The Indian Evidence Act embodies the adversarial system of justice, where parties represent their case before judges, who attempt to determine the truth and pass judgment accordingly. In this system, the Courts are expected to follow due process (as set out in laws such as the Evidence Act) and other norms to decide the ratio decidendi of a particular case. This, in turn, implies that (subject to their own interpretation, of course) the rules set out under the Evidence Act and other norms can be thought of as “Common Knowledge”, which used to mediate substantive disputes (Contested knowledge). Innovation in common knowledge (i.e., modifying or bypassing due process) must be accepted only when it aids in delivering justice.

However, if common knowledge (due process and norms) can be converted into contested knowledge (due process and norms are not important and hence can be discretionary), it introduces an “attack surface” on the justice system itself, which is not patchable (in software terms, not patchable means that it can’t be fixed). What would be the implication if this attack succeeds?

The Salem witch trials offers us an example of this played out in medieval times: in these trials, “tribunals” admitted spectral evidence based on dreams and visions. Leaving aside the problematic outcomes of the witch trials, they resulted in results void of any reason and reflected the bias and prejudices of the population as well as the judge.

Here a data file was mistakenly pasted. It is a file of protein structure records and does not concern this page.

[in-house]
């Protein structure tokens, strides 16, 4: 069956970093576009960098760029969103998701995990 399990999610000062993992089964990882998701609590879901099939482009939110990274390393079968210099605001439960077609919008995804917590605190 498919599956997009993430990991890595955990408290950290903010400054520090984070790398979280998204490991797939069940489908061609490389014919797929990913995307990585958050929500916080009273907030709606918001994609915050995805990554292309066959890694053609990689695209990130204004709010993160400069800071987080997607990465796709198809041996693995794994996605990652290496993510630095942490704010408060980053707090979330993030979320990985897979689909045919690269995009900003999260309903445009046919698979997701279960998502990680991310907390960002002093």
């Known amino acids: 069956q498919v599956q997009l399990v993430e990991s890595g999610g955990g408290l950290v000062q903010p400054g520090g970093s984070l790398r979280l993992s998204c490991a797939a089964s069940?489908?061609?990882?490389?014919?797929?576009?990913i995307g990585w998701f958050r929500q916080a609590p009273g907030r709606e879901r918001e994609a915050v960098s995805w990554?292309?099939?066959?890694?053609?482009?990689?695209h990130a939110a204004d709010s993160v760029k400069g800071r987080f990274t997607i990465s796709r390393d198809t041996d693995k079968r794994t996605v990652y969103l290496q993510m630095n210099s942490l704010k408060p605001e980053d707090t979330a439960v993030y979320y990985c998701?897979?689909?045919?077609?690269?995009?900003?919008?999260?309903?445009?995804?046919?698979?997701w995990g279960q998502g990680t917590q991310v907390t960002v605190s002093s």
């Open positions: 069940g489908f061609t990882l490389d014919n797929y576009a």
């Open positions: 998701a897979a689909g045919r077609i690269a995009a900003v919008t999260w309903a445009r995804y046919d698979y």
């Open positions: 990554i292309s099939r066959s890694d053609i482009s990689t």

Modern-day effects are very similar, and a critical analysis of CJI Dipak Misra’s judgements pointed out how outcomes void of reason have become the norm. Sealed covers and power point “evidence” are the modern day variants of medieval spectral evidence. And whether it the non-existent CAG report in the Rafale judgement or the dodging of facts and inverting reality and claiming that something that was argued in open Court was never actually argued in the Aadhaar judgment, jettisoning reason has serious consequences and makes judgements unintelligible.

If reason and norms are abandoned, what replaces them? Both the Rafale judgement and the Aadhaar judgement show that it is replaced by excessive faith in the government of the day, and statements by government functionaries have higher evidentiary value, even when they are unsigned, not placed on affidavit and demonstrably false, when put under scrutiny.

Attack surfaces on the Supreme Court